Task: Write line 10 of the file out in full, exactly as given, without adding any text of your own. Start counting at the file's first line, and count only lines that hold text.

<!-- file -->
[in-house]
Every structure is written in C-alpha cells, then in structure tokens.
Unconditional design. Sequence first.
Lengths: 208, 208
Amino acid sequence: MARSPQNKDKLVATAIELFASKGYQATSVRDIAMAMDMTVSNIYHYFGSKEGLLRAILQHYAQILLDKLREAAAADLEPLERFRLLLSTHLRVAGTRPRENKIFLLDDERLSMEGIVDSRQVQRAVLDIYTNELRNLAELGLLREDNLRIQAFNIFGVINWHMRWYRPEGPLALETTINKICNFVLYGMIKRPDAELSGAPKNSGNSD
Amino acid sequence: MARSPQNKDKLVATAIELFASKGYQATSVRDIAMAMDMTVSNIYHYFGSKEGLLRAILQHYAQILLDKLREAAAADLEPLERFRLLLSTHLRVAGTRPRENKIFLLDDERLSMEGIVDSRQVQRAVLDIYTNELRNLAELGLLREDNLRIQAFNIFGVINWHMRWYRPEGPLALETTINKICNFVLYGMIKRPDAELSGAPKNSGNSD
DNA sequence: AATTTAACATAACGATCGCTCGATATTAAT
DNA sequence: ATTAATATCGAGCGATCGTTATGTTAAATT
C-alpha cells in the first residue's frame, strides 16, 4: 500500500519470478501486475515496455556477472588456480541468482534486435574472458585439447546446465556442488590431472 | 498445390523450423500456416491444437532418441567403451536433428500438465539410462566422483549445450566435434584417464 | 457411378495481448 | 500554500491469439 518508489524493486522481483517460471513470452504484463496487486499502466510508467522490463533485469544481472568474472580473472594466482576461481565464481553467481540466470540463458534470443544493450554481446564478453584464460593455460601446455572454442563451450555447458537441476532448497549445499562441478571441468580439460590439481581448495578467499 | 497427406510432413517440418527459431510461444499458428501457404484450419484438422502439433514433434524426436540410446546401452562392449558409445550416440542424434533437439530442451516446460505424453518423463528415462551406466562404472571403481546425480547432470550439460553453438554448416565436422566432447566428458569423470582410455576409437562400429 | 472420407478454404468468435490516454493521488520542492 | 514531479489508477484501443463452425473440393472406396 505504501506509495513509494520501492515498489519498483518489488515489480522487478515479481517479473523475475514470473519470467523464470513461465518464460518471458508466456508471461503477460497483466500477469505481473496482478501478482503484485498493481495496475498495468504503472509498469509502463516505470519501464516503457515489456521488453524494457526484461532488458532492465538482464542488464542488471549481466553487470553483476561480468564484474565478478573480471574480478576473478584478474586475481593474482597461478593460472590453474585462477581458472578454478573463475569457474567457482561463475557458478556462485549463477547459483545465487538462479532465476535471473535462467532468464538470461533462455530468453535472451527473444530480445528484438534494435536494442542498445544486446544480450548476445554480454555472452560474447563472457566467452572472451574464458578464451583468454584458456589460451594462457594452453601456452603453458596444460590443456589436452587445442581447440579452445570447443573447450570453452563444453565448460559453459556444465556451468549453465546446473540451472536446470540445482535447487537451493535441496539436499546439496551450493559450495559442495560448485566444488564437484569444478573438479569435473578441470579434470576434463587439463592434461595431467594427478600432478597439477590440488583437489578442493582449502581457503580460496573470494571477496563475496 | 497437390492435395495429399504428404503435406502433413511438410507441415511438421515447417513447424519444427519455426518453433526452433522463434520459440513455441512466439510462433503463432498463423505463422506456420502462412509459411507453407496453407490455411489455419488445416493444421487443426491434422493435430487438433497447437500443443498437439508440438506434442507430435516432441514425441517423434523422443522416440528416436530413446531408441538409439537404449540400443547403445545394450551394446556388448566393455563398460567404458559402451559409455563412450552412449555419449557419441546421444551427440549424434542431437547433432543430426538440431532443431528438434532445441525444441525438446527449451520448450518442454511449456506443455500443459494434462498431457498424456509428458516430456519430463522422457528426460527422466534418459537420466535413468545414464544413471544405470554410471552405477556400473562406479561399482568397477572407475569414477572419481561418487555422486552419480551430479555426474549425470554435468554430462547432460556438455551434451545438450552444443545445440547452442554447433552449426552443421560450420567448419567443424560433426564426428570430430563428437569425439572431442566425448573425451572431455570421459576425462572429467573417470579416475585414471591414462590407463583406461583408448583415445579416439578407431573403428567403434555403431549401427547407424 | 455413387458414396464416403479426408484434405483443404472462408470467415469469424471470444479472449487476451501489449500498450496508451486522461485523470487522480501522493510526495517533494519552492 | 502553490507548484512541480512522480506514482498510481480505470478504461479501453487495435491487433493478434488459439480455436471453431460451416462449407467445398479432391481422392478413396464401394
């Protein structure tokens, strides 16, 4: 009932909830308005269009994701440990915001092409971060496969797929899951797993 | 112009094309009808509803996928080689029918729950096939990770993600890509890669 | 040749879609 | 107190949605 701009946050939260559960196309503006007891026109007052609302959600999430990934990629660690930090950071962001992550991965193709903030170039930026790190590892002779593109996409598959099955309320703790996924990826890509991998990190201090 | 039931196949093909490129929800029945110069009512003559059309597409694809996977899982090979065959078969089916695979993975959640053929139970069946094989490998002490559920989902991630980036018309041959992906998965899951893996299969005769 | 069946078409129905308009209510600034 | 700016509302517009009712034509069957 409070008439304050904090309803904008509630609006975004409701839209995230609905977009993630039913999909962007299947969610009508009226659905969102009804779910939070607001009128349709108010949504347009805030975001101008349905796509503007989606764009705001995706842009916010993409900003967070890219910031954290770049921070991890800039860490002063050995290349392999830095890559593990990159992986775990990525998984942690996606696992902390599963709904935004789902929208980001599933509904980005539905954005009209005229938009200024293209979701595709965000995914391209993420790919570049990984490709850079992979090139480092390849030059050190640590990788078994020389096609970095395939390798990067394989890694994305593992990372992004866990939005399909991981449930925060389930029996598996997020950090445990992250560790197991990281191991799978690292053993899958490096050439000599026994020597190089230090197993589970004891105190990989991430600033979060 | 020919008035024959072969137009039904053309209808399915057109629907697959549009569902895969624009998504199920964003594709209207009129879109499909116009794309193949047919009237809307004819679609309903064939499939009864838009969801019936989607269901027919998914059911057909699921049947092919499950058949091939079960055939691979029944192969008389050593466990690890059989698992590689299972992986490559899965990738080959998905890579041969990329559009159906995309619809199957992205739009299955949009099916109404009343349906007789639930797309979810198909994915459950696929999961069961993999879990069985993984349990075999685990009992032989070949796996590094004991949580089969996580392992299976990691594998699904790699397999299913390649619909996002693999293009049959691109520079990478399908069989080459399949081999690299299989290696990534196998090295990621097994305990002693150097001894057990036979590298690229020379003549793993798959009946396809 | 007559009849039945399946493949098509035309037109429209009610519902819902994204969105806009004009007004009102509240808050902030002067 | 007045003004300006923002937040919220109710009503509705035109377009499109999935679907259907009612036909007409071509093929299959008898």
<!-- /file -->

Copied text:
């Protein structure tokens, strides 16, 4: 009932909830308005269009994701440990915001092409971060496969797929899951797993 | 112009094309009808509803996928080689029918729950096939990770993600890509890669 | 040749879609 | 107190949605 701009946050939260559960196309503006007891026109007052609302959600999430990934990629660690930090950071962001992550991965193709903030170039930026790190590892002779593109996409598959099955309320703790996924990826890509991998990190201090 | 039931196949093909490129929800029945110069009512003559059309597409694809996977899982090979065959078969089916695979993975959640053929139970069946094989490998002490559920989902991630980036018309041959992906998965899951893996299969005769 | 069946078409129905308009209510600034 | 700016509302517009009712034509069957 409070008439304050904090309803904008509630609006975004409701839209995230609905977009993630039913999909962007299947969610009508009226659905969102009804779910939070607001009128349709108010949504347009805030975001101008349905796509503007989606764009705001995706842009916010993409900003967070890219910031954290770049921070991890800039860490002063050995290349392999830095890559593990990159992986775990990525998984942690996606696992902390599963709904935004789902929208980001599933509904980005539905954005009209005229938009200024293209979701595709965000995914391209993420790919570049990984490709850079992979090139480092390849030059050190640590990788078994020389096609970095395939390798990067394989890694994305593992990372992004866990939005399909991981449930925060389930029996598996997020950090445990992250560790197991990281191991799978690292053993899958490096050439000599026994020597190089230090197993589970004891105190990989991430600033979060 | 020919008035024959072969137009039904053309209808399915057109629907697959549009569902895969624009998504199920964003594709209207009129879109499909116009794309193949047919009237809307004819679609309903064939499939009864838009969801019936989607269901027919998914059911057909699921049947092919499950058949091939079960055939691979029944192969008389050593466990690890059989698992590689299972992986490559899965990738080959998905890579041969990329559009159906995309619809199957992205739009299955949009099916109404009343349906007789639930797309979810198909994915459950696929999961069961993999879990069985993984349990075999685990009992032989070949796996590094004991949580089969996580392992299976990691594998699904790699397999299913390649619909996002693999293009049959691109520079990478399908069989080459399949081999690299299989290696990534196998090295990621097994305990002693150097001894057990036979590298690229020379003549793993798959009946396809 | 007559009849039945399946493949098509035309037109429209009610519902819902994204969105806009004009007004009102509240808050902030002067 | 007045003004300006923002937040919220109710009503509705035109377009499109999935679907259907009612036909007409071509093929299959008898």